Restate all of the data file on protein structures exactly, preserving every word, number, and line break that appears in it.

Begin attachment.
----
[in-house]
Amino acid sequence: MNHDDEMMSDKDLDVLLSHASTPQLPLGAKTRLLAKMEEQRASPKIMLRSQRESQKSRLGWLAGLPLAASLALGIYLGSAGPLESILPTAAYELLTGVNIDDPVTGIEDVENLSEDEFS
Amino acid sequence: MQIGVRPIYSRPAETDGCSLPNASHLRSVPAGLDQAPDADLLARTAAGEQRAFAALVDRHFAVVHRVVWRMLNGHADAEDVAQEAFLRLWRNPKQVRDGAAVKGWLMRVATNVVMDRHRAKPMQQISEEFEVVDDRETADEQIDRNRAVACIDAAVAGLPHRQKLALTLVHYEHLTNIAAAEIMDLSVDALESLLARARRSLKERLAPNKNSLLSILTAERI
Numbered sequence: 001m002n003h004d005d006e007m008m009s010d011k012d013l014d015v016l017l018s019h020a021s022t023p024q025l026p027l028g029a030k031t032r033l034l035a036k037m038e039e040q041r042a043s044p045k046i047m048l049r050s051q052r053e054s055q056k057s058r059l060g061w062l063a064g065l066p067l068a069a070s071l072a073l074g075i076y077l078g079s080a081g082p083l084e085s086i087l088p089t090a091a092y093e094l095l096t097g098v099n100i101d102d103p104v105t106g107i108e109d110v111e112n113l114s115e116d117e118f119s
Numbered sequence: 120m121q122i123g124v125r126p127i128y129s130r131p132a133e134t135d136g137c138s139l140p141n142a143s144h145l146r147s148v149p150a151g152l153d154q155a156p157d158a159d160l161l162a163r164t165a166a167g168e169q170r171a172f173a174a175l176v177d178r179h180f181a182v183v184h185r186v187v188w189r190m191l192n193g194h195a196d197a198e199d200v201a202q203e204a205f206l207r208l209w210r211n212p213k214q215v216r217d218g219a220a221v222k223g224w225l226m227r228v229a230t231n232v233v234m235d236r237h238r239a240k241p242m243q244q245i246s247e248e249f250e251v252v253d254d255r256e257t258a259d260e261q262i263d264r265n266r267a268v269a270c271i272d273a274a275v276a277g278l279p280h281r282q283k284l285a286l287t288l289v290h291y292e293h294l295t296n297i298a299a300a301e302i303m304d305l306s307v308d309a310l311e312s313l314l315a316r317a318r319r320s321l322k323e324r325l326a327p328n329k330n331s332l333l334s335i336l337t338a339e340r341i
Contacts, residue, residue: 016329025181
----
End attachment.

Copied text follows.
[in-house]
Amino acid sequence: MNHDDEMMSDKDLDVLLSHASTPQLPLGAKTRLLAKMEEQRASPKIMLRSQRESQKSRLGWLAGLPLAASLALGIYLGSAGPLESILPTAAYELLTGVNIDDPVTGIEDVENLSEDEFS
Amino acid sequence: MQIGVRPIYSRPAETDGCSLPNASHLRSVPAGLDQAPDADLLARTAAGEQRAFAALVDRHFAVVHRVVWRMLNGHADAEDVAQEAFLRLWRNPKQVRDGAAVKGWLMRVATNVVMDRHRAKPMQQISEEFEVVDDRETADEQIDRNRAVACIDAAVAGLPHRQKLALTLVHYEHLTNIAAAEIMDLSVDALESLLARARRSLKERLAPNKNSLLSILTAERI
Numbered sequence: 001m002n003h004d005d006e007m008m009s010d011k012d013l014d015v016l017l018s019h020a021s022t023p024q025l026p027l028g029a030k031t032r033l034l035a036k037m038e039e040q041r042a043s044p045k046i047m048l049r050s051q052r053e054s055q056k057s058r059l060g061w062l063a064g065l066p067l068a069a070s071l072a073l074g075i076y077l078g079s080a081g082p083l084e085s086i087l088p089t090a091a092y093e094l095l096t097g098v099n100i101d102d103p104v105t106g107i108e109d110v111e112n113l114s115e116d117e118f119s
Numbered sequence: 120m121q122i123g124v125r126p127i128y129s130r131p132a133e134t135d136g137c138s139l140p141n142a143s144h145l146r147s148v149p150a151g152l153d154q155a156p157d158a159d160l161l162a163r164t165a166a167g168e169q170r171a172f173a174a175l176v177d178r179h180f181a182v183v184h185r186v187v188w189r190m191l192n193g194h195a196d197a198e199d200v201a202q203e204a205f206l207r208l209w210r211n212p213k214q215v216r217d218g219a220a221v222k223g224w225l226m227r228v229a230t231n232v233v234m235d236r237h238r239a240k241p242m243q244q245i246s247e248e249f250e251v252v253d254d255r256e257t258a259d260e261q262i263d264r265n266r267a268v269a270c271i272d273a274a275v276a277g278l279p280h281r282q283k284l285a286l287t288l289v290h291y292e293h294l295t296n297i298a299a300a301e302i303m304d305l306s307v308d309a310l311e312s313l314l315a316r317a318r319r320s321l322k323e324r325l326a327p328n329k330n331s332l333l334s335i336l337t338a339e340r341i
Contacts, residue, residue: 016329025181